Lee H. Badman

Network Computing Blogger


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Where the Cloud Touches Down: Simplifying Data Center Infrastructure Management

Thursday, July 25, 2013
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In most data centers, DCIM rests on a shaky foundation of manual record keeping and scattered documentation. OpManager replaces data center documentation with a single repository for data, QRCodes for asset tracking, accurate 3D mapping of asset locations, and a configuration management database (CMDB). In this webcast, sponsored by ManageEngine, you will see how a real-world datacenter mapping stored in racktables gets imported into OpManager, which then provides a 3D visualization of where assets actually are. You'll also see how the QR Code generator helps you make the link between real assets and the monitoring world, and how the layered CMDB provides a single point of view for all your configuration data.

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This webinar will help attendees understand the overall concept of SDN and its benefits, describe the different conceptual approaches to SDN, and examine the various technologies, both proprietary and open source, that are emerging. It will also help users decide whether SDN makes sense in their environment, and outline the first steps IT can take for testing SDN technologies.

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White Spaces Wireless: A Chat With The Wi-Fi Alliance

The list of groups who applaud the FCC's recent decision to allow new wireless connectivity in the frequencies between TV channels includes biggies like Microsoft, xG Technology and the Wi-Fi Alliance. Given the Obama administration's goals of getting all Americans connected, the FCC's ruling probably wasn't much of surprise to most people. "Super Wi-Fi" (or "White-Fi"-- let's hope that one doesn't stick) as it is being nicknamed, will bring obvious advantages to the current 802.11-based Wi-Fi landscape, but there are just as many questions regarding what "new" Wi-Fi will look like. To gain perspective, I talked with Wi-Fi Alliance's Technical Director Greg Ennis for his take on what's to come on the heels of the FCC's ruling. Given Ennis' long history as a contributor to the development of early 802.11 and tenure at the Wi-Fi Alliance that dates to the organization's inception, I couldn't have spoken to a better resource.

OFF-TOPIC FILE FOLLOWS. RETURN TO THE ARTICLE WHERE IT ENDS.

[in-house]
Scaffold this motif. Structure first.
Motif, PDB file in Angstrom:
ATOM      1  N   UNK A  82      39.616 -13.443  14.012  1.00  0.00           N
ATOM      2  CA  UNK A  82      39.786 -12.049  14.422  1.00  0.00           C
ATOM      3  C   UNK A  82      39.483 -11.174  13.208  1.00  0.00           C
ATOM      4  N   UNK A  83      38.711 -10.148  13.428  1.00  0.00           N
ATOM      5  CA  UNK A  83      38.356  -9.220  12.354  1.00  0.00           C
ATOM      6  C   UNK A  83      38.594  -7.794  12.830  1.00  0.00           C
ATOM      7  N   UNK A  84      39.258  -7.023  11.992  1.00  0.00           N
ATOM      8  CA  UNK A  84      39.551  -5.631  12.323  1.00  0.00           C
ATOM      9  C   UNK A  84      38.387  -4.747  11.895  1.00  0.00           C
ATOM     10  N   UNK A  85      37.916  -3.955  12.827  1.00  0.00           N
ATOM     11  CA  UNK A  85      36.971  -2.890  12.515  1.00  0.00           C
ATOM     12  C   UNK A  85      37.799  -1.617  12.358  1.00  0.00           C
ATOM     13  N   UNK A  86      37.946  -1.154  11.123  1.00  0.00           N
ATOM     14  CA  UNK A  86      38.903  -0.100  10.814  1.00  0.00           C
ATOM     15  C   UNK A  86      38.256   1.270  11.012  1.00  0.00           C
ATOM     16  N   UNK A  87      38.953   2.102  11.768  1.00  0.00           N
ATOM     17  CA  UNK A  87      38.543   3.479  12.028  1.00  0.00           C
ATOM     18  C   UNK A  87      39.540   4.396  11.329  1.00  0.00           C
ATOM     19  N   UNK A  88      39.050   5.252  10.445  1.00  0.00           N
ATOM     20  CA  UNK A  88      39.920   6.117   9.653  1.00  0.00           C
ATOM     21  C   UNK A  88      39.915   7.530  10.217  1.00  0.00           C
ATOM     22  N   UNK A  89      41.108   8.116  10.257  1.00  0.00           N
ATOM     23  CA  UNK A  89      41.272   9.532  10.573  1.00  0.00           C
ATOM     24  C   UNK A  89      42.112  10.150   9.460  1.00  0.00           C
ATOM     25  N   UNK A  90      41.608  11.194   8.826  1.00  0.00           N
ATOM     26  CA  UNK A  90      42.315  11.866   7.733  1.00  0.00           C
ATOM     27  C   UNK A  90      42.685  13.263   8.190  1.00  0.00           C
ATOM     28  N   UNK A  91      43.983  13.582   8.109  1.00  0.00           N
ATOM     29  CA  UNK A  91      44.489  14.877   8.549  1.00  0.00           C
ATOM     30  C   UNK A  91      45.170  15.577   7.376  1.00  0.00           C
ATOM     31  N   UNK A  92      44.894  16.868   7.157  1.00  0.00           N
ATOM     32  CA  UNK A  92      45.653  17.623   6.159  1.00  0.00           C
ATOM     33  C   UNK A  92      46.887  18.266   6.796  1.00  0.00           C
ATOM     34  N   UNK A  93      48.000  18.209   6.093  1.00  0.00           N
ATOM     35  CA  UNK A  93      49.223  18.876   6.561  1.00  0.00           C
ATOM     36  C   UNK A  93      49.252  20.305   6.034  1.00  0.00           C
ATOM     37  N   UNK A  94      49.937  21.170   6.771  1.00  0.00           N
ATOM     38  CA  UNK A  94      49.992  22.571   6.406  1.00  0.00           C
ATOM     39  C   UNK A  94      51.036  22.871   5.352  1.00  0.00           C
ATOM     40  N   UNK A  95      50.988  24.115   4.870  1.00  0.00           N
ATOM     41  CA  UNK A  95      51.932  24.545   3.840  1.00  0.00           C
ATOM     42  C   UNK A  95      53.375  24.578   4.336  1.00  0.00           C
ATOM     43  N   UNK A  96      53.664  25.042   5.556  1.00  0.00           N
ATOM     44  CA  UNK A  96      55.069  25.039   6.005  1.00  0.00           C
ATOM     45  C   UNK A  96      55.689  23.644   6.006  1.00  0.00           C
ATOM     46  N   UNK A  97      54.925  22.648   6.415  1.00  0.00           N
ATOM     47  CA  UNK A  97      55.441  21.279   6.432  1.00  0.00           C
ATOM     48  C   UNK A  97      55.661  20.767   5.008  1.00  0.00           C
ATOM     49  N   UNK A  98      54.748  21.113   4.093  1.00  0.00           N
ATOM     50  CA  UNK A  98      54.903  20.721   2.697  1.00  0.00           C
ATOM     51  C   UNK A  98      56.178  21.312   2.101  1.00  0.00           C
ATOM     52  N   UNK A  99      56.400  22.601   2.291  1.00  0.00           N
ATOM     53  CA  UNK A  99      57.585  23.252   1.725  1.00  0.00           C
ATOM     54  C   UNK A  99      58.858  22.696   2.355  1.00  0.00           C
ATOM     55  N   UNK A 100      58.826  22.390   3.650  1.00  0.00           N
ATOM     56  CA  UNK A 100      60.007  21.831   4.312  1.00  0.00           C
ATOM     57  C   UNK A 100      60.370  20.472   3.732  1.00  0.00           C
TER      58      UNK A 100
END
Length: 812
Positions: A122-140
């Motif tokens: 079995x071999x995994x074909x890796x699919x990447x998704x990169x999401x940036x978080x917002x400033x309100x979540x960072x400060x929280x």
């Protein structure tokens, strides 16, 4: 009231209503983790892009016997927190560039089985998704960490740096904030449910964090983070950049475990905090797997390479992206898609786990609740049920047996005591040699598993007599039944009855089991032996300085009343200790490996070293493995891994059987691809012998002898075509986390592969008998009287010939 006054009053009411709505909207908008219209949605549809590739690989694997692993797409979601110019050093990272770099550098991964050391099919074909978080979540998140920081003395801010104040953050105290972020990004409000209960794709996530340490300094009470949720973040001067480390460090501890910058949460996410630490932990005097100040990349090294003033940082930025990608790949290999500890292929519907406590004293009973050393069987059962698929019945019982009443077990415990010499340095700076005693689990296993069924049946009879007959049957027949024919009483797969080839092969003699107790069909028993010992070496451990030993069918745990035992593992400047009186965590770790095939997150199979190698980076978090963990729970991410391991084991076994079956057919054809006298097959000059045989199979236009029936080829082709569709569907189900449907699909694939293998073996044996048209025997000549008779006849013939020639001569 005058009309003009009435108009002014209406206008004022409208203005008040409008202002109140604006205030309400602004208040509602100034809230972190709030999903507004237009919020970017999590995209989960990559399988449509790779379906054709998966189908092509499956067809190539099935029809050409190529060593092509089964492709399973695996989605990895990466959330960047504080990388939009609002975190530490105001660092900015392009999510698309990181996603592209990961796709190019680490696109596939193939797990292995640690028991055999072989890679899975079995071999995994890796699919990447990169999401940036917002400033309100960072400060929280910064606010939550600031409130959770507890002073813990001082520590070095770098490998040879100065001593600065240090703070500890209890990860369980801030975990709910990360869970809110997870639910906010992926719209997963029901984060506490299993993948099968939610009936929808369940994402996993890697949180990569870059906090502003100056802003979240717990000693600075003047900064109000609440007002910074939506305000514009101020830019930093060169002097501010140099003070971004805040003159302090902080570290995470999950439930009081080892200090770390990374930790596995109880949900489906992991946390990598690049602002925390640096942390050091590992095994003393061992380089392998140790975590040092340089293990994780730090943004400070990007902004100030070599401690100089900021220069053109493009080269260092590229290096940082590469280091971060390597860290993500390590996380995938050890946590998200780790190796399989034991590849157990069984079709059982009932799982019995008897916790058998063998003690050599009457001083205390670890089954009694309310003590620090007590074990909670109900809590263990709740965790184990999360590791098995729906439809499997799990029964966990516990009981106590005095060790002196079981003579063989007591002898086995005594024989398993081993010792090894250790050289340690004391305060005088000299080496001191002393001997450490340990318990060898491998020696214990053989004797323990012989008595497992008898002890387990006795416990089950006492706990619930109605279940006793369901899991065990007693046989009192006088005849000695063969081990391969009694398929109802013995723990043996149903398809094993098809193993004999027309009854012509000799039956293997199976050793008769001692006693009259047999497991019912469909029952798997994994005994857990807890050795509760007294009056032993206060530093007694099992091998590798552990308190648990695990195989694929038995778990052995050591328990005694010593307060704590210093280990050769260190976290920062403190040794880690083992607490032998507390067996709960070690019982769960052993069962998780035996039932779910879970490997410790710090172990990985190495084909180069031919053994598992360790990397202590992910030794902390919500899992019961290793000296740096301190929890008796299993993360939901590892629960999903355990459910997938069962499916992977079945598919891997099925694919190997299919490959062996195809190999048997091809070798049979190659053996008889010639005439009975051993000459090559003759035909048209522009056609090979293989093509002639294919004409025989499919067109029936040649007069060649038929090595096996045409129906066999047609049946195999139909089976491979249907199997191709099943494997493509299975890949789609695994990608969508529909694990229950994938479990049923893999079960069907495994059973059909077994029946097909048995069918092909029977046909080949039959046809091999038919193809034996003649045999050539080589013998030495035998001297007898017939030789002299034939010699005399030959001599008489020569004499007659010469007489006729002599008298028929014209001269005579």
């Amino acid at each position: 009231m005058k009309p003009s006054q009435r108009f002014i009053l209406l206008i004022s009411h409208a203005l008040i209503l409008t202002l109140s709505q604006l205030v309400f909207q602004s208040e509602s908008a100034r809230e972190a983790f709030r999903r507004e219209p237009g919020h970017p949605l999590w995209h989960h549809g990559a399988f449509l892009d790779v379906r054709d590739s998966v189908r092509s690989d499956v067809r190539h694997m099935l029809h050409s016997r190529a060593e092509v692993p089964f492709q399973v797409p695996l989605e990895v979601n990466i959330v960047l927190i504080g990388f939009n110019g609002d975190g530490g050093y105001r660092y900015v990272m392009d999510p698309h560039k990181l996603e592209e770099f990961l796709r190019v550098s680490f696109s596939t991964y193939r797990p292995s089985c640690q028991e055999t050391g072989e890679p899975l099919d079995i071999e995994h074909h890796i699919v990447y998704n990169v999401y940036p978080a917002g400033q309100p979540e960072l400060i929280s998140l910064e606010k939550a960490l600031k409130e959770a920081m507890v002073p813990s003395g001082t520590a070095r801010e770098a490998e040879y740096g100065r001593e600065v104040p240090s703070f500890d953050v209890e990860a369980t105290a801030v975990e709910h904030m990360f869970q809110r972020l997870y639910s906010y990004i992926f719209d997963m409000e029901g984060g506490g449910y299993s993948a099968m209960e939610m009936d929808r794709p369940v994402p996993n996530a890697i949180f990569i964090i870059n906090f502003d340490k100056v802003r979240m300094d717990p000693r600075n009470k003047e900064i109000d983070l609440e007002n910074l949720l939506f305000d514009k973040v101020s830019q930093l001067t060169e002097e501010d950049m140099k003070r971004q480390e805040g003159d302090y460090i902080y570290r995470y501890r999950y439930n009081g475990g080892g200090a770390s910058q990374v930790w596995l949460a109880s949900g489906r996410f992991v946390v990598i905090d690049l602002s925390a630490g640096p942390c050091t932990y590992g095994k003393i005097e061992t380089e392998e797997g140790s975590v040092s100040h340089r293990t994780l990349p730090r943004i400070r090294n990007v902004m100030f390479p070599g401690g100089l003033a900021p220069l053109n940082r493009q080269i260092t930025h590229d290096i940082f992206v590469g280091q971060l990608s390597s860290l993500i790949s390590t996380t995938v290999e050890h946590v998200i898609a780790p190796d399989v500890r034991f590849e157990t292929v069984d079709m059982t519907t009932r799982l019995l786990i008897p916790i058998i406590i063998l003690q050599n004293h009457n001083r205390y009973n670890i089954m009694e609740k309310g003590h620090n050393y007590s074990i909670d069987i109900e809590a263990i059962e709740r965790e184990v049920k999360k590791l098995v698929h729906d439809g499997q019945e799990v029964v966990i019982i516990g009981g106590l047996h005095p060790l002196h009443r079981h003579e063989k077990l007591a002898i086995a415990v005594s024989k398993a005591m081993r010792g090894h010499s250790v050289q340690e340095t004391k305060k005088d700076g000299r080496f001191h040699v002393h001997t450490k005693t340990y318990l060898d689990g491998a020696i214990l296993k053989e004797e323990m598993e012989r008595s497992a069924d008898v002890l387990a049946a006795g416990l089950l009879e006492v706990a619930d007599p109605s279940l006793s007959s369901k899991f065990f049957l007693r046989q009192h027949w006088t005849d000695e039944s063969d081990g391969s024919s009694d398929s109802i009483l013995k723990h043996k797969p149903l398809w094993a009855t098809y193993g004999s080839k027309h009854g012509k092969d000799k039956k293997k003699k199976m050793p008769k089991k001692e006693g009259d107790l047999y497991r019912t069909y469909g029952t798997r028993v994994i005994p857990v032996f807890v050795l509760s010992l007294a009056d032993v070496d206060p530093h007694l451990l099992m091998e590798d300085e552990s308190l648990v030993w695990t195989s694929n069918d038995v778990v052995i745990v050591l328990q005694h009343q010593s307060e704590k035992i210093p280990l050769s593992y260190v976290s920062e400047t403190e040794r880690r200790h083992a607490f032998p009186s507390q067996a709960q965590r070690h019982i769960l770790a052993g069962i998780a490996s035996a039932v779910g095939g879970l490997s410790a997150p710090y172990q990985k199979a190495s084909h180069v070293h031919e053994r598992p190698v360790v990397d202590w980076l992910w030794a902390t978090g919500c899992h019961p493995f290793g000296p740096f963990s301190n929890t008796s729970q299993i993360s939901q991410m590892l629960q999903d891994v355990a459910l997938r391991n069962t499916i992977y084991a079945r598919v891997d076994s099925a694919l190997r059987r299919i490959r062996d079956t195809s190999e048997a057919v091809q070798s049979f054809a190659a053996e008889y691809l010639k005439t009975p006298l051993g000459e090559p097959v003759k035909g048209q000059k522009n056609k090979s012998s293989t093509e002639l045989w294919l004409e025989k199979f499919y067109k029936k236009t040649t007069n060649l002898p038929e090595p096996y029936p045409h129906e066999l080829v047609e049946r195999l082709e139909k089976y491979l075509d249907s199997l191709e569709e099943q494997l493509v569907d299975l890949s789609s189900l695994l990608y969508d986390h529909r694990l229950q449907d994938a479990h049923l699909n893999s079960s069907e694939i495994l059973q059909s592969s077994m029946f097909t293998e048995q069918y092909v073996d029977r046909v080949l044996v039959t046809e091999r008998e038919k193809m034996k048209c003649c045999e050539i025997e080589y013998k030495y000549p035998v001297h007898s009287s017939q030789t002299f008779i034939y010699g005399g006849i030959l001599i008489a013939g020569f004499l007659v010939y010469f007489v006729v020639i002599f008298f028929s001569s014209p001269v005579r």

For those who don't know, the Wi-Fi Alliance is as much the author of the white-hot success of wireless networking as anyone. By providing interoperability testing and certification under the ubiquitous "Wi-Fi Certified" logo, the Alliance has catalyzed the growth of wireless networking by ensuring wireless clients and infrastructure solutions all play by the same rules. They have brought great piece of mind and order to an industry that could have otherwise turned into the technical Wild West. The standard for wireless in the new spectrum will be 802.11af when ratified (not to be confused with 802.3af  Power over Ethernet standard). I grilled Ennis on a number of points regarding the 802.11af working group as the Alliance sees it, and came away educated.

Badman: Exactly what frequencies are opened up for wireless use in the new white spaces?
Ennis: The answer is dependent on your location. White spaces in Syracuse will be different from white spaces in Spokane, for example. The technology will have to use geolocation technology to query the FCC's databases to ensure that spectrum truly is "white" (unused) before it is used in a given area. And rural regions will tend to have more available spectrum than urban environments.

Badman: When do we expect ratification of 802.11af?
Ennis: The IEEE speculates ratification will come in December of 2011, but there's much to be figured out regarding modulation techniques and data rates, so it wouldn't be surprising if the date slipped.

Badman: What will be the actual advantages of 802.11af?
Ennis: Because 802.11af will use lower frequencies--measured in megahertz as opposed to gigahertz in the current .11a/g/n world--longer ranges are inherently possible, along with better building penetration. The newly available spectrum will have almost no "clutter" in it, and as clients move out of current 2.4 and 5 GHz spaces into the new spectrum, those left in the legacy spaces will have less contention.


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